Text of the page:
View solution in original post

3 Replies
Alexis_Cazes_
Community Advisor
Community Advisor

I looked at the source code of the core extension https://github.com/adobe/reactor-extension-core and based on what I could see so far the data element for custom code, the only thing that would transform the code to a function like so in the compiled launch library: 

 

"test": {
    "modulePath": "core/src/lib/dataElements/customCode.js",
        "settings": {
        "source": function(event) {
            console.log('test', _satellite.getVar('payload', event));
            return "123"
        }
    }
},

If this configuration in the extension.json

"transforms": [
    {
        "type": "function",
        "propertyPath": "source",
        "parameters": ["event"]
    }
]

I am in the process of testing this in my extension.

Alexis_Cazes_
Correct answer by
Community Advisor
Community Advisor

After testing I can confirm that you can use the following in your extension.json file

 

"transforms": [
    {
        "type": "function",
        "propertyPath": "source",
        "parameters": ["event"]
    }
]

You need to place it at the same level as schema

"configuration": {
    "viewPath": "configuration/configuration.html",
        "schema": {
        "$schema": "http://json-schema.org/draft-04/schema#",
            "type": "object",
                "properties": { }
    },
    "transforms": [
        {
            "type": "function",
            "propertyPath": "source",
            "parameters": ["event"]
        }
    ]
},

In my extension the on edit button I call this function:

function editConfig() {
    window.extensionBridge.openCodeEditor({
        code: window.customCode.source,
        language: 'javascript'
    }).then(function (code) {
        window.customCode.source = code;
    });
}

This is configuration in extension bridge

window.extensionBridge.register({
    init: function (info) {
        if (info.settings) {
            if (info.settings.source) {
                window.customCode.source = info.settings.source;
            }
        }
    },

    getSettings: function () {
        return {
            source: window.customCode.source
        }
    },

    validate: function () {
        return true;
    }
});

When I enter this code and I save in my configuration view:

var x = 123;
return x;

When the build is successfully completed I can see the following in the library:

"settings": {
    "source": function(event) {
        var x = 123;
        return x;
    }
}

This is documented here: https://experienceleague.adobe.com/docs/experience-platform/tags/extension-dev/manifest.html?lang=en

 

Function transform

The function transform allows code written by Platform users to be executed by a library module within the emitted tag runtime library.

Let’s assume we would like to provide a “custom script” action type. The “custom script” action view might provide a textarea wherein the user can enter some code. Let’s assume a user entered the following code into the textarea:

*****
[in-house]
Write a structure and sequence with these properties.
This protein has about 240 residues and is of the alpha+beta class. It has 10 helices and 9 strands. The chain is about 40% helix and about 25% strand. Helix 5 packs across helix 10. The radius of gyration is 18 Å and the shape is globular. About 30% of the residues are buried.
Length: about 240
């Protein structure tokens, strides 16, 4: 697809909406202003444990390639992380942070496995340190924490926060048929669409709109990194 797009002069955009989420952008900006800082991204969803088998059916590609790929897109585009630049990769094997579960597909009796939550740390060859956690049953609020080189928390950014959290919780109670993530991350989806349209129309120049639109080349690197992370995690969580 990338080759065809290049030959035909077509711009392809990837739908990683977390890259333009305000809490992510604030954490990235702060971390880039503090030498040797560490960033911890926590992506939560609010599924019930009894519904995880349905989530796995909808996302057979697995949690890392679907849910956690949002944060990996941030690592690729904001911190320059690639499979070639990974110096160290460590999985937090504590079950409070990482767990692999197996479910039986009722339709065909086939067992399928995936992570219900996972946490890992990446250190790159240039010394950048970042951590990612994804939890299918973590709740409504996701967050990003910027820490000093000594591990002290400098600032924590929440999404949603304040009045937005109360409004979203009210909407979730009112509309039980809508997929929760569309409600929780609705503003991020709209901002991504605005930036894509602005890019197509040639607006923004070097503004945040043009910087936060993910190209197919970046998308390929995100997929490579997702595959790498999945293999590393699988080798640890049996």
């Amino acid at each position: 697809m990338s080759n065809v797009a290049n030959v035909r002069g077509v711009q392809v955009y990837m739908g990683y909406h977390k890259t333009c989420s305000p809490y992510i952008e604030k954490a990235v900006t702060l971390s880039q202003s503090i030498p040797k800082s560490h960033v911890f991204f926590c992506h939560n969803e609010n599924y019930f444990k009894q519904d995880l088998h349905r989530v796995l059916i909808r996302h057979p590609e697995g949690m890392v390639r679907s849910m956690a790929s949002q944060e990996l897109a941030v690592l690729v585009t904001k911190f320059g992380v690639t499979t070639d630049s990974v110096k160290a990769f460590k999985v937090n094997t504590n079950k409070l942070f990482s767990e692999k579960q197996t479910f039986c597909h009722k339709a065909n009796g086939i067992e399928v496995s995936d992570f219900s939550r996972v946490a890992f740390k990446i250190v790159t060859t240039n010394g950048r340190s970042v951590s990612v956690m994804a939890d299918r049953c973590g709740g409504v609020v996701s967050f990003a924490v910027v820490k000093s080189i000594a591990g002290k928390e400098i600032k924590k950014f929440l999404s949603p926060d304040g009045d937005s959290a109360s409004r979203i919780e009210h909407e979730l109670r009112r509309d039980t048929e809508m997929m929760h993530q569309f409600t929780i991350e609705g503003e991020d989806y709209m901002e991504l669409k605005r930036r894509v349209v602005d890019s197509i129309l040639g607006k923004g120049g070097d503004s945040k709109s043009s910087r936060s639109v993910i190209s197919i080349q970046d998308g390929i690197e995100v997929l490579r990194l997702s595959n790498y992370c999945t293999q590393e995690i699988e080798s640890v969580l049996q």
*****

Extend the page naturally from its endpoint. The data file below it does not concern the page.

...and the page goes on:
console.log('Welcome, ' + username +'. This is ZomboCom.');

When the user saves the rule, the settings object saved by the view may look like this:

{
  foo: {
    bar: "console.log('Welcome, ' + username +'. This is ZomboCom.');"
  }
}
 

When a rule using our action fires within the tag runtime library, we would like to execute the user’s code and pass it a username.

At the point that the settings object is saved from the action type’s view, the user’s code is simply a string. This is good because it can be properly serialized to and from JSON; however, it’s also bad because it would typically be emitted in the tag runtime library as a string as well instead of an executable function. Although you could attempt to execute the code within your action type’s library module using eval or a Function constructor, it is highly discouraged due to content security policies potentially blocking execution.

As a workaround for this situation, using the function transform tells Platform to wrap the user’s code in a executable function when it is emitted in the tag runtime library. To solve our example problem, we would define the transform on the type definition in extension.json as follows:

{
  "transforms": [
    {
      "type": "function",
      "propertyPath": "foo.bar",
      "parameters": ["username"]
    }
  ]
}
 
  • type defines the type of transform that should be applied to the settings object.
  • propertyPath is a period-delimited string that tells Platform where to find the property that needs to be modified within the settings object.
  • parameters is an array of parameter names that should be included in the wrapping function’s signature.

When the settings object is emitted in the tag runtime library, it will be transformed to the following:

{
  foo: {
    bar: function(username) {
      console.log('Welcome, ' + username +'. This is ZomboCom.');
    }
  }
}
 

Your library module can then call the function containing the user’s code and pass in the username argument.

View solution in original post

NimashaJain
Community Manager
Community Manager

Thanks @Alexis_Cazes_  for posting the solution as well. Keep up the good work.